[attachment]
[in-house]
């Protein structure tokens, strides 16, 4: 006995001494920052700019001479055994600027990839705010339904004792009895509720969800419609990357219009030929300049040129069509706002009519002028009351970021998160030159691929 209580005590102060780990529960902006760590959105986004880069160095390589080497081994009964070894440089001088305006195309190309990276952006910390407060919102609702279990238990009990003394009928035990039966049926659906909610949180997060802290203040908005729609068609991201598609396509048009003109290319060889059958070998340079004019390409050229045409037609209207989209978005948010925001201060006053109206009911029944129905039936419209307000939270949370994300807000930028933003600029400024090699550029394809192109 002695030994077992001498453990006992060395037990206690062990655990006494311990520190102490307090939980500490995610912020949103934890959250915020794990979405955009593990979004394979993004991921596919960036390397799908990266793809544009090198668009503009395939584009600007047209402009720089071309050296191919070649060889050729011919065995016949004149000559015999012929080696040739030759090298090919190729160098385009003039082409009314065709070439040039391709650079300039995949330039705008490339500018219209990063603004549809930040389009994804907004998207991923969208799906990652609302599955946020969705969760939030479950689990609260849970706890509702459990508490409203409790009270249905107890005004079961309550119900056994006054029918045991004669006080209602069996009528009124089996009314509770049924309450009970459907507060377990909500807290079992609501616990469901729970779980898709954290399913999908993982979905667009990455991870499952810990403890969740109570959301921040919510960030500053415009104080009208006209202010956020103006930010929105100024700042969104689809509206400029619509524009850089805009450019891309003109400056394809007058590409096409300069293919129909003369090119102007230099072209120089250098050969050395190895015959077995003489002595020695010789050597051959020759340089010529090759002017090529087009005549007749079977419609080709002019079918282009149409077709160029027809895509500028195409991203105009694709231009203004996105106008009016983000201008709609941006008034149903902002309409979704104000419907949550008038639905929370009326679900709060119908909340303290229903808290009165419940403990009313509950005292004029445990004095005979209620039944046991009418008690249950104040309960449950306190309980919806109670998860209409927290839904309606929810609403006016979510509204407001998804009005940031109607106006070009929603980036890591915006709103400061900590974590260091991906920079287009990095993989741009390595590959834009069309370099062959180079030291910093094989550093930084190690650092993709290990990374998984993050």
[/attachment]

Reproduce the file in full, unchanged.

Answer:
[in-house]
């Protein structure tokens, strides 16, 4: 006995001494920052700019001479055994600027990839705010339904004792009895509720969800419609990357219009030929300049040129069509706002009519002028009351970021998160030159691929 209580005590102060780990529960902006760590959105986004880069160095390589080497081994009964070894440089001088305006195309190309990276952006910390407060919102609702279990238990009990003394009928035990039966049926659906909610949180997060802290203040908005729609068609991201598609396509048009003109290319060889059958070998340079004019390409050229045409037609209207989209978005948010925001201060006053109206009911029944129905039936419209307000939270949370994300807000930028933003600029400024090699550029394809192109 002695030994077992001498453990006992060395037990206690062990655990006494311990520190102490307090939980500490995610912020949103934890959250915020794990979405955009593990979004394979993004991921596919960036390397799908990266793809544009090198668009503009395939584009600007047209402009720089071309050296191919070649060889050729011919065995016949004149000559015999012929080696040739030759090298090919190729160098385009003039082409009314065709070439040039391709650079300039995949330039705008490339500018219209990063603004549809930040389009994804907004998207991923969208799906990652609302599955946020969705969760939030479950689990609260849970706890509702459990508490409203409790009270249905107890005004079961309550119900056994006054029918045991004669006080209602069996009528009124089996009314509770049924309450009970459907507060377990909500807290079992609501616990469901729970779980898709954290399913999908993982979905667009990455991870499952810990403890969740109570959301921040919510960030500053415009104080009208006209202010956020103006930010929105100024700042969104689809509206400029619509524009850089805009450019891309003109400056394809007058590409096409300069293919129909003369090119102007230099072209120089250098050969050395190895015959077995003489002595020695010789050597051959020759340089010529090759002017090529087009005549007749079977419609080709002019079918282009149409077709160029027809895509500028195409991203105009694709231009203004996105106008009016983000201008709609941006008034149903902002309409979704104000419907949550008038639905929370009326679900709060119908909340303290229903808290009165419940403990009313509950005292004029445990004095005979209620039944046991009418008690249950104040309960449950306190309980919806109670998860209409927290839904309606929810609403006016979510509204407001998804009005940031109607106006070009929603980036890591915006709103400061900590974590260091991906920079287009990095993989741009390595590959834009069309370099062959180079030291910093094989550093930084190690650092993709290990990374998984993050």